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The Survival of Print Media

Karlie Kloss, once said, “Growing up in a house of five girls, I couldn’t help but glance at a fashion magazine or two”. However, this statement might not be true today. Magazines played an integral role in setting trends globally. If it is in your favourite magazine, it must be in your wardrobe. The ever-evolving world of media has drastically changed this attitude of people. Nowadays, it is surprising to see people pick up a newspaper, or a magazine to dig up a desperately needed piece of information. Traditional print media is terribly affected by the role social media plays in the fashion industry due to influencer marketing besides higher and quicker reach to the audience but is trying to cope with facing failures to stay afloat without going obsolete.

The widespread availability of fashion magazines combined with the enticing covers of magazines directed at women had a stunning influence on the audience regarding body image, fashion, and beauty to name a few. In the 1850s and 1860s, magazines focused on women being homemakers and set unachievable beauty standards leading to dissatisfaction among women about their own bodies. However, this did not stop women from buying these magazines as they were marketed as glamorous, and they needed to be updated with the newest wrinkle no matter how unaffordable the products were for majority of the consumers. For most women, it was an escape from everyday life. The publishing giants took advantage of this in the right way.

Luxury brands were advertised in these magazines to build relevance and drive sales. From the first look of the season being launched to only the elite publishers being invited to special showings, it all happened here, and this is how publishing giants hyped up their products. In a 1999 New York Magazine cover story, Calvin Klein explained how he got direct sales increase whenever Anna Wintour, the editor-in-chief of Vogue magazine gave them an editorial. Contrastingly, the publishing giant, Conde Nast’s digital revenue only matched with print revenue for the first time in 2018. According to the Alliance for Audited Media, Vogue reported a 37% decline in sales from 2010 to 2014. In today’s age, consumers spend most of their time surfing through digital media. The data from technology and strategy consulting firm Activate says “for an average American, only 4% of media consumption include print as compared to 48% on digital media”. To cope with this, all content printed by magazines are published online adding to the list of the downfall of magazines.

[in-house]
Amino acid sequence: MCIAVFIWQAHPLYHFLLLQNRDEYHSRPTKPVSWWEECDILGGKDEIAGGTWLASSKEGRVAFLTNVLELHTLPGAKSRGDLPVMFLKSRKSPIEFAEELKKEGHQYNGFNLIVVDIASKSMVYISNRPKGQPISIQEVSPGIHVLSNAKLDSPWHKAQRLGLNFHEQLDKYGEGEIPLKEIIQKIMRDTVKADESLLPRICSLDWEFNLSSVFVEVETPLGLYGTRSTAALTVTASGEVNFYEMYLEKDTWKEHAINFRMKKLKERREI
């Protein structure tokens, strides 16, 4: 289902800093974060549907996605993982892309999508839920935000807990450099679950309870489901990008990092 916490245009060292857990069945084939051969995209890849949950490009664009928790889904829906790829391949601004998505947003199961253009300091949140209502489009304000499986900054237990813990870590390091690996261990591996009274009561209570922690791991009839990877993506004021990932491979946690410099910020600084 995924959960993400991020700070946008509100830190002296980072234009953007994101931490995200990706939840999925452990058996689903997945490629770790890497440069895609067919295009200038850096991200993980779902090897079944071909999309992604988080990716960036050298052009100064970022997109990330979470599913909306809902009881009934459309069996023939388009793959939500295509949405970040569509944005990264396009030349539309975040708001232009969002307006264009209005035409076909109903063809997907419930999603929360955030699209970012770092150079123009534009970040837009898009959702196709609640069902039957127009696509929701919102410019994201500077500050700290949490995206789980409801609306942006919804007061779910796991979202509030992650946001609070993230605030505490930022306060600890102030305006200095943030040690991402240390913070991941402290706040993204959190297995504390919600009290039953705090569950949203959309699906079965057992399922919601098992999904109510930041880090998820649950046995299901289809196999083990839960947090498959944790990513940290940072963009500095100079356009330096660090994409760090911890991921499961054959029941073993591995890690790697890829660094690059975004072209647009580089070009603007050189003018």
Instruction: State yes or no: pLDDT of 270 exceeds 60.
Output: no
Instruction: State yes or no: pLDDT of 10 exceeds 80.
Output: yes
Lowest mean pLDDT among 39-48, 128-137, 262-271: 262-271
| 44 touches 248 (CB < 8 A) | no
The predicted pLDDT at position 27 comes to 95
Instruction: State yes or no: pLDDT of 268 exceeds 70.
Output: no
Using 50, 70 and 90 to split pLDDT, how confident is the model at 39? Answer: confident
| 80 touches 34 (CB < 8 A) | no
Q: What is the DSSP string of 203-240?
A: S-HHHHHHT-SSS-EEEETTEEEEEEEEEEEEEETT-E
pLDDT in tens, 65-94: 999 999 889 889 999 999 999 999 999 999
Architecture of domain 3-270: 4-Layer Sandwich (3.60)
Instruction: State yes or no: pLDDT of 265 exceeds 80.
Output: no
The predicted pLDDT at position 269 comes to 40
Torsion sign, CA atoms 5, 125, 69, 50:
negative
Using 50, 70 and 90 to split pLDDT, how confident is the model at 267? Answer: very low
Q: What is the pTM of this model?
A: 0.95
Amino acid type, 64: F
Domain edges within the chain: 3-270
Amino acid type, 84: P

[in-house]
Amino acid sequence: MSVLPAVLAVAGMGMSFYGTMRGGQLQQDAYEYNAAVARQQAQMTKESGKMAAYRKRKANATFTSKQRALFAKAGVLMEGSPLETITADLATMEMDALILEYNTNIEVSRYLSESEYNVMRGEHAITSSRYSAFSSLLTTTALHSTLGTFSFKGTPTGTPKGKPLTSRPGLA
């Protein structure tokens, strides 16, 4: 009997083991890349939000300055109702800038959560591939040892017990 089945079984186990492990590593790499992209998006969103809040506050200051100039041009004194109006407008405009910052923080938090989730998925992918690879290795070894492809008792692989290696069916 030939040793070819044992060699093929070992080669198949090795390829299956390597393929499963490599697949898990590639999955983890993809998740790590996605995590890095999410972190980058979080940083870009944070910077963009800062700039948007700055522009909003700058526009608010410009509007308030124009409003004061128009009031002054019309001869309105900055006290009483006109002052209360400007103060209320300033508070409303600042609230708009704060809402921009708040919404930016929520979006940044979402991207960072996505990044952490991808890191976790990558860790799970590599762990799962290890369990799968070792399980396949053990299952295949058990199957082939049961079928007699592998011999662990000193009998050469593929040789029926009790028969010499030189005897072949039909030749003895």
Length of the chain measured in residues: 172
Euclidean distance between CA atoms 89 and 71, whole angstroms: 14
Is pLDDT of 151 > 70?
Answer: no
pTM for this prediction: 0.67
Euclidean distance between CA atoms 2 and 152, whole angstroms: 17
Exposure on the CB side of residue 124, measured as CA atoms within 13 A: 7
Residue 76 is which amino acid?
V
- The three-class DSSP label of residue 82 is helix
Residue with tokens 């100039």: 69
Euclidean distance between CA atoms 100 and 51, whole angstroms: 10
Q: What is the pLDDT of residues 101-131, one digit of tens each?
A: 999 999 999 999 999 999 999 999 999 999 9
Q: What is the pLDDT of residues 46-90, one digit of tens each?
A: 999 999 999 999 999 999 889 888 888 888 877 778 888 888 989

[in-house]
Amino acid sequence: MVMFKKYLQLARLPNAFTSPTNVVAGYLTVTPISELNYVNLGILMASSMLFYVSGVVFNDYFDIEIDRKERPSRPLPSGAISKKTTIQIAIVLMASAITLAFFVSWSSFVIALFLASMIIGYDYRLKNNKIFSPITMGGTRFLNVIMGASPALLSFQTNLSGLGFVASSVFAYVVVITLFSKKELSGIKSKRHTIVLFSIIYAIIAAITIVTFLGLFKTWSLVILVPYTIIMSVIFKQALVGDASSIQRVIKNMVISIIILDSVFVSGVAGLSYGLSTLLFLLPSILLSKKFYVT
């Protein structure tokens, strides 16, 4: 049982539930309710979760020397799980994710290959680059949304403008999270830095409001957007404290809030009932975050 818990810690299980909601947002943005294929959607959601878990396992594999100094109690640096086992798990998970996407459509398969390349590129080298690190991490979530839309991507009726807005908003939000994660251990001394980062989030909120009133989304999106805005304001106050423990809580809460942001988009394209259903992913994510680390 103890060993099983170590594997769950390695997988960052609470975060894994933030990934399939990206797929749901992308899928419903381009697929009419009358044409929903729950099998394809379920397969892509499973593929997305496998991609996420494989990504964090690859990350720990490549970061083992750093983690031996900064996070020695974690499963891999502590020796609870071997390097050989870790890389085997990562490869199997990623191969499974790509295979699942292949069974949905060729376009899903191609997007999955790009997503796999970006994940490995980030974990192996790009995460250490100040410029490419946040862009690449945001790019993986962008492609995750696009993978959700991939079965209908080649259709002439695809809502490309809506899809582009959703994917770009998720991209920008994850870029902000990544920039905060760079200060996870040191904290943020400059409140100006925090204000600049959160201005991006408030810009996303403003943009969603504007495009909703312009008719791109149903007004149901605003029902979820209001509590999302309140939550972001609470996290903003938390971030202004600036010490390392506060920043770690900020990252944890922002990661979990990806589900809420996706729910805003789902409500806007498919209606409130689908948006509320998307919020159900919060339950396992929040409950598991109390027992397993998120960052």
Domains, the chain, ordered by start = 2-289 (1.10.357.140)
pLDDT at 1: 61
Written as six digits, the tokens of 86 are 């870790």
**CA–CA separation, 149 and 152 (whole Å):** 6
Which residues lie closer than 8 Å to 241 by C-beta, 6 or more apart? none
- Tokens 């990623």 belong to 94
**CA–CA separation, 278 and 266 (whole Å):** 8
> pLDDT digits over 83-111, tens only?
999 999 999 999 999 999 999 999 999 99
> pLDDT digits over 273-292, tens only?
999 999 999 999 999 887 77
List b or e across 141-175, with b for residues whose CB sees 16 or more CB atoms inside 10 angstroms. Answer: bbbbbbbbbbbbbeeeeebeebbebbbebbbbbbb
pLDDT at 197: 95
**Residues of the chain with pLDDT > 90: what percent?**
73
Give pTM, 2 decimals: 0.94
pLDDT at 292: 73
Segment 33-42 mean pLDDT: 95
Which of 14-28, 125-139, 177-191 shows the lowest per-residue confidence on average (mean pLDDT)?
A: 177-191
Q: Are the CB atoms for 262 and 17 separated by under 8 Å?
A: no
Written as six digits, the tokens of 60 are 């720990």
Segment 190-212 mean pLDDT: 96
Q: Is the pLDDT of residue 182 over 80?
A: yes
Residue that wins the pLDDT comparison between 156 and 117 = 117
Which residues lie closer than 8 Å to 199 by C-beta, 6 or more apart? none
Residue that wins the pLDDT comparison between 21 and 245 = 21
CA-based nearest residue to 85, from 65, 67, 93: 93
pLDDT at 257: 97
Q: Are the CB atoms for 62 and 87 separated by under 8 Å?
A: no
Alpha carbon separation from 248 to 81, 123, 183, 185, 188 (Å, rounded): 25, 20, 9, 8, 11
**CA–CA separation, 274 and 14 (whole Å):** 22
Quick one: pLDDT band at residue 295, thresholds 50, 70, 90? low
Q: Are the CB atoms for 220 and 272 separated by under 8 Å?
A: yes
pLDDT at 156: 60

The reach of social media is higher than any fashion magazine ever so much so that even luxury houses who did not pay much heed to online selling have taken upon themselves to garner maximum publicity. As of 2018, Instagram announced that they have one billion users. It is a platform for discovery. One hashtag, one-click on the go on a post to shop are opening new avenues for giants to market and sell their product. Instagram is where customers hope to see brands. Instagram has helped build communities and through these online communities, fashion brands are launched achieving success with no magazine coverage and with little-to-no presence at major fashion week events, for example, Fashion Nova and Pretty Little Things.

The influencer economy has officially taken over. Brands see in influencers what they saw in magazines as they achieve similar levels of publicity through influencer marketing as they did by running print advertisements, even more. For publishers who have always held authority over the industry and now losing their grip, the gig economy is a hard pill to swallow. Moreover, employees are moving digital with their work amidst the fear of losing job security as several publishing houses are shuttering down leading to a talent crisis in the industry as the existing employees are made to work across digital platforms as well as print media to keep the publishers afloat without a raise acting as a demotivator. Working with individual influencers directly might be beneficial. Currently, magazines need influencers and not the other way around.

Talking about entertainment pieces like gossip certainly doesn’t help. Being directed at women, they ought to be conversing about women empowerment. This is probably done in attempt to cut costs which should instead be spent on creating new and innovative content for the media hungry audience. Maintaining their “status-quo” is leading them down a path wherein there would be nothing left to maintain status of.

Despite an inevitable fall, traditional publishing giants are desperately trying to catch up. From hosting relationship dinners to producing podcasts and chat shows, they are tapping into all avenues hoping for the best. However, being stuck on age-old content is not doing any good.

Even though magazines are trying to survive in this world, it is unsure whether they can handle change at such a rapid pace without coming up with new and original content. It is certain that over-working employees and not changing working methods with influencers is not going to help them stay afloat in this increasingly conscious world.

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